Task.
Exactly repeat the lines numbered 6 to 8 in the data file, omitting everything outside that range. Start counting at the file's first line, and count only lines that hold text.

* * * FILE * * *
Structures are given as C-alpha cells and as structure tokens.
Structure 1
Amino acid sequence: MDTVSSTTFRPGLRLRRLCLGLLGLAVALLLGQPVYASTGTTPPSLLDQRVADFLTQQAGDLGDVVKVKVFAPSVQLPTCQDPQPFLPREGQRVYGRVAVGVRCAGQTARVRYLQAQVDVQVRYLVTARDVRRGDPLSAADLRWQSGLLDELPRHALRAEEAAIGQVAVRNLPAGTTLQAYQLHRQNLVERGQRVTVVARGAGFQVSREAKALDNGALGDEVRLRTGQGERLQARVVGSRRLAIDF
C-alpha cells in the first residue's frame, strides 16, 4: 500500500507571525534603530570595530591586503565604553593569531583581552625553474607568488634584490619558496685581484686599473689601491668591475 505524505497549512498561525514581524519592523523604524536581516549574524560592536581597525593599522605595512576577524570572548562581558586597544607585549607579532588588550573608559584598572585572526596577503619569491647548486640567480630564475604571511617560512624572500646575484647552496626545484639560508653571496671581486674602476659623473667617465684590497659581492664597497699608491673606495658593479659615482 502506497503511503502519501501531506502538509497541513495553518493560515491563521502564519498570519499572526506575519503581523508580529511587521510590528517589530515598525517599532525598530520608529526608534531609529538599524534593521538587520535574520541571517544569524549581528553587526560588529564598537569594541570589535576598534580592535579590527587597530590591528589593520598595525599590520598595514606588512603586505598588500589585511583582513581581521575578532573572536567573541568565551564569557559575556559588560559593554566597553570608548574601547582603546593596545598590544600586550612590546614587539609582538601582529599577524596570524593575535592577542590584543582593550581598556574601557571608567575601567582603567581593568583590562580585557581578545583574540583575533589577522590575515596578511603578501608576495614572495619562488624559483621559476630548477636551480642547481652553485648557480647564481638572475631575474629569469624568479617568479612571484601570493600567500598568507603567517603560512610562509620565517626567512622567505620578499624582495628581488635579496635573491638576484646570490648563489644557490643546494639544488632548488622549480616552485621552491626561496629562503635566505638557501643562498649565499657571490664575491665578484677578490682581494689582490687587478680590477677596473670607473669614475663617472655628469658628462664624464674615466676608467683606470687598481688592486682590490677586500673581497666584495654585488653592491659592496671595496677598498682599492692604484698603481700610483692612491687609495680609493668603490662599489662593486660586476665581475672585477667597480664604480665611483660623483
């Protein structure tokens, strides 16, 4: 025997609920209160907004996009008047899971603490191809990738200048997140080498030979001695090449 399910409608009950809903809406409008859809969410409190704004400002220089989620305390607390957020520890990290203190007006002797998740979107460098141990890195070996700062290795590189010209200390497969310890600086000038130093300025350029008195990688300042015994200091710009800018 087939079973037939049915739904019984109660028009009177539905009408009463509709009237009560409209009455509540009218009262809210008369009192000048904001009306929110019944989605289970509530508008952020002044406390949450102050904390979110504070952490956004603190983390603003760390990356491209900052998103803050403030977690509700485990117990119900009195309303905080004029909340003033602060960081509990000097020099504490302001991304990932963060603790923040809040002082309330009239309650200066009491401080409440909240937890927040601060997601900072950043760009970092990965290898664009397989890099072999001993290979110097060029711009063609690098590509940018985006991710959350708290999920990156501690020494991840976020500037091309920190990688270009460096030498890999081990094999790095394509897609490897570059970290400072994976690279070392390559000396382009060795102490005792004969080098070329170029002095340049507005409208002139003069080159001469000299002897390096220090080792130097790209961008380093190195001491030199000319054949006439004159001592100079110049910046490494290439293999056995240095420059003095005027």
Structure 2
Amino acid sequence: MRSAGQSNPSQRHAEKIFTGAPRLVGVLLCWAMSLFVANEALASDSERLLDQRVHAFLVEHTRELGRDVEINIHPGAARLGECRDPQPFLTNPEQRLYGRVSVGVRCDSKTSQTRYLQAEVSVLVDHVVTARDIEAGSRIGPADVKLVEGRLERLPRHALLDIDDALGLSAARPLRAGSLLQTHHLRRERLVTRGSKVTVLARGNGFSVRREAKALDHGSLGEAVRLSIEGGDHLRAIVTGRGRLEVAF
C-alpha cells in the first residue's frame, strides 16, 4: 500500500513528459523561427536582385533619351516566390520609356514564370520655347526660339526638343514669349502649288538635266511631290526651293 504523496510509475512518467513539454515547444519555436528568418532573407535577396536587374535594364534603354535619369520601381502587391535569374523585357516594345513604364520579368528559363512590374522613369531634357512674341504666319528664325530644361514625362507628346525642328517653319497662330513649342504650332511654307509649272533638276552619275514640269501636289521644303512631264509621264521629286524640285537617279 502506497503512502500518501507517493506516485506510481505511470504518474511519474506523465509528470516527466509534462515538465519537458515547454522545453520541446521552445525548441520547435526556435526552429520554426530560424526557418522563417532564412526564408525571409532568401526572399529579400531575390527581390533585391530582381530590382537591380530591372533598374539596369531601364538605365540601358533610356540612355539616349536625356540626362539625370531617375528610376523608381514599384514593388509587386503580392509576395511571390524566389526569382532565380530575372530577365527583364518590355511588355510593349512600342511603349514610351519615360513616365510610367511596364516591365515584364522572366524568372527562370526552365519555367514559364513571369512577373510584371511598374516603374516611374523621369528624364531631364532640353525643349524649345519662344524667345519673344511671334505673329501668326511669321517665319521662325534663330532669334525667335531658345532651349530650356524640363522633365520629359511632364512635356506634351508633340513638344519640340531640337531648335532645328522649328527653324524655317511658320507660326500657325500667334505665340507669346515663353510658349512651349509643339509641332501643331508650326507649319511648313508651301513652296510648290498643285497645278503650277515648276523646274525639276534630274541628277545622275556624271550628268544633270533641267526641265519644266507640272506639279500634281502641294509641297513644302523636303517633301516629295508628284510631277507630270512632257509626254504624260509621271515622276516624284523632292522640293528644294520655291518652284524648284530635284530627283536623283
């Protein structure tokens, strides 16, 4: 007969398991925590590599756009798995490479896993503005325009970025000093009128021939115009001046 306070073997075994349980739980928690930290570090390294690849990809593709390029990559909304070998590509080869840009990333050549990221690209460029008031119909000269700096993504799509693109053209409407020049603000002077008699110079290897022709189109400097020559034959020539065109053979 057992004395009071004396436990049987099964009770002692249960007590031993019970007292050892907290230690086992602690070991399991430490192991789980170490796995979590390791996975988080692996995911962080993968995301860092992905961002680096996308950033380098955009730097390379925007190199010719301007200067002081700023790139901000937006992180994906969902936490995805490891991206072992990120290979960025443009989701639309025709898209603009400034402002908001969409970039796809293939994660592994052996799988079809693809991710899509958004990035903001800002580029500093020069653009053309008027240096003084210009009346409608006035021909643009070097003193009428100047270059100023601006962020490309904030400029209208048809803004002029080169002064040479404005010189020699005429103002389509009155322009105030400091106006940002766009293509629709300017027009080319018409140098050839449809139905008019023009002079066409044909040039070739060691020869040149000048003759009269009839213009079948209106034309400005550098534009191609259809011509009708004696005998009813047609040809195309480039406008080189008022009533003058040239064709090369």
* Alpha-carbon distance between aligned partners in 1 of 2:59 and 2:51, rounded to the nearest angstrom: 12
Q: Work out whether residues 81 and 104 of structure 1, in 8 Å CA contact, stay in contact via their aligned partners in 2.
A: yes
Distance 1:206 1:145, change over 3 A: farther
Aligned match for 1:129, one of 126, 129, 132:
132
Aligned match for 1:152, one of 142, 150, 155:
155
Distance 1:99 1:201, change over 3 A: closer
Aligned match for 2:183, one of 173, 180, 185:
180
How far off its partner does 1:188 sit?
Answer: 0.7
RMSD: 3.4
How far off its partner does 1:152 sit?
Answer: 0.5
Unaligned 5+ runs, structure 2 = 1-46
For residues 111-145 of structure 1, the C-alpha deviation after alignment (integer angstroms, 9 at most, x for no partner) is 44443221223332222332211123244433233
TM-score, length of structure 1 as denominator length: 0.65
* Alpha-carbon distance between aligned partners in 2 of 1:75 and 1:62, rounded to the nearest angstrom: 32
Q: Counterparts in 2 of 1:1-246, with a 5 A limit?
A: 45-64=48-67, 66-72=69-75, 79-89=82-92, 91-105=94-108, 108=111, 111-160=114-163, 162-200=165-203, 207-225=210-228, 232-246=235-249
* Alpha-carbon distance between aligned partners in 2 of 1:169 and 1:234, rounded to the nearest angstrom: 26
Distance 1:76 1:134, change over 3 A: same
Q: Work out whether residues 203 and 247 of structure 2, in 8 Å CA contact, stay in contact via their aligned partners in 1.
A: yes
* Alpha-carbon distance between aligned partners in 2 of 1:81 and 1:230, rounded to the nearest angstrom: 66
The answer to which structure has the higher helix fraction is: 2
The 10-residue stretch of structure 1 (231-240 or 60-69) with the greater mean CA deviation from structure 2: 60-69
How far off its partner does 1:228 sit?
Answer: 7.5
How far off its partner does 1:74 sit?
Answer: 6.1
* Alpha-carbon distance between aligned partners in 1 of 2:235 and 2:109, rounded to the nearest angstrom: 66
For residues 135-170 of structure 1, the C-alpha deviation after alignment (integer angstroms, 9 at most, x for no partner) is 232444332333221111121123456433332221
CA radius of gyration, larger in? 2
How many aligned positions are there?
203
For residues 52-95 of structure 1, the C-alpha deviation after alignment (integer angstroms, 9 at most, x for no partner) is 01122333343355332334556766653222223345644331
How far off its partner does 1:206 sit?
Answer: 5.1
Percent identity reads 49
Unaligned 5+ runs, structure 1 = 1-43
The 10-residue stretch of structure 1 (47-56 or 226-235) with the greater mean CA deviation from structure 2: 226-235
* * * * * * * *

Structure 2
Amino acid sequence: MRSAGQSNPSQRHAEKIFTGAPRLVGVLLCWAMSLFVANEALASDSERLLDQRVHAFLVEHTRELGRDVEINIHPGAARLGECRDPQPFLTNPEQRLYGRVSVGVRCDSKTSQTRYLQAEVSVLVDHVVTARDIEAGSRIGPADVKLVEGRLERLPRHALLDIDDALGLSAARPLRAGSLLQTHHLRRERLVTRGSKVTVLARGNGFSVRREAKALDHGSLGEAVRLSIEGGDHLRAIVTGRGRLEVAF
C-alpha cells in the first residue's frame, strides 16, 4: 500500500513528459523561427536582385533619351516566390520609356514564370520655347526660339526638343514669349502649288538635266511631290526651293 504523496510509475512518467513539454515547444519555436528568418532573407535577396536587374535594364534603354535619369520601381502587391535569374523585357516594345513604364520579368528559363512590374522613369531634357512674341504666319528664325530644361514625362507628346525642328517653319497662330513649342504650332511654307509649272533638276552619275514640269501636289521644303512631264509621264521629286524640285537617279 502506497503512502500518501507517493506516485506510481505511470504518474511519474506523465509528470516527466509534462515538465519537458515547454522545453520541446521552445525548441520547435526556435526552429520554426530560424526557418522563417532564412526564408525571409532568401526572399529579400531575390527581390533585391530582381530590382537591380530591372533598374539596369531601364538605365540601358533610356540612355539616349536625356540626362539625370531617375528610376523608381514599384514593388509587386503580392509576395511571390524566389526569382532565380530575372530577365527583364518590355511588355510593349512600342511603349514610351519615360513616365510610367511596364516591365515584364522572366524568372527562370526552365519555367514559364513571369512577373510584371511598374516603374516611374523621369528624364531631364532640353525643349524649345519662344524667345519673344511671334505673329501668326511669321517665319521662325534663330532669334525667335531658345532651349530650356524640363522633365520629359511632364512635356506634351508633340513638344519640340531640337531648335532645328522649328527653324524655317511658320507660326500657325500667334505665340507669346515663353510658349512651349509643339509641332501643331508650326507649319511648313508651301513652296510648290498643285497645278503650277515648276523646274525639276534630274541628277545622275556624271550628268544633270533641267526641265519644266507640272506639279500634281502641294509641297513644302523636303517633301516629295508628284510631277507630270512632257509626254504624260509621271515622276516624284523632292522640293528644294520655291518652284524648284530635284530627283536623283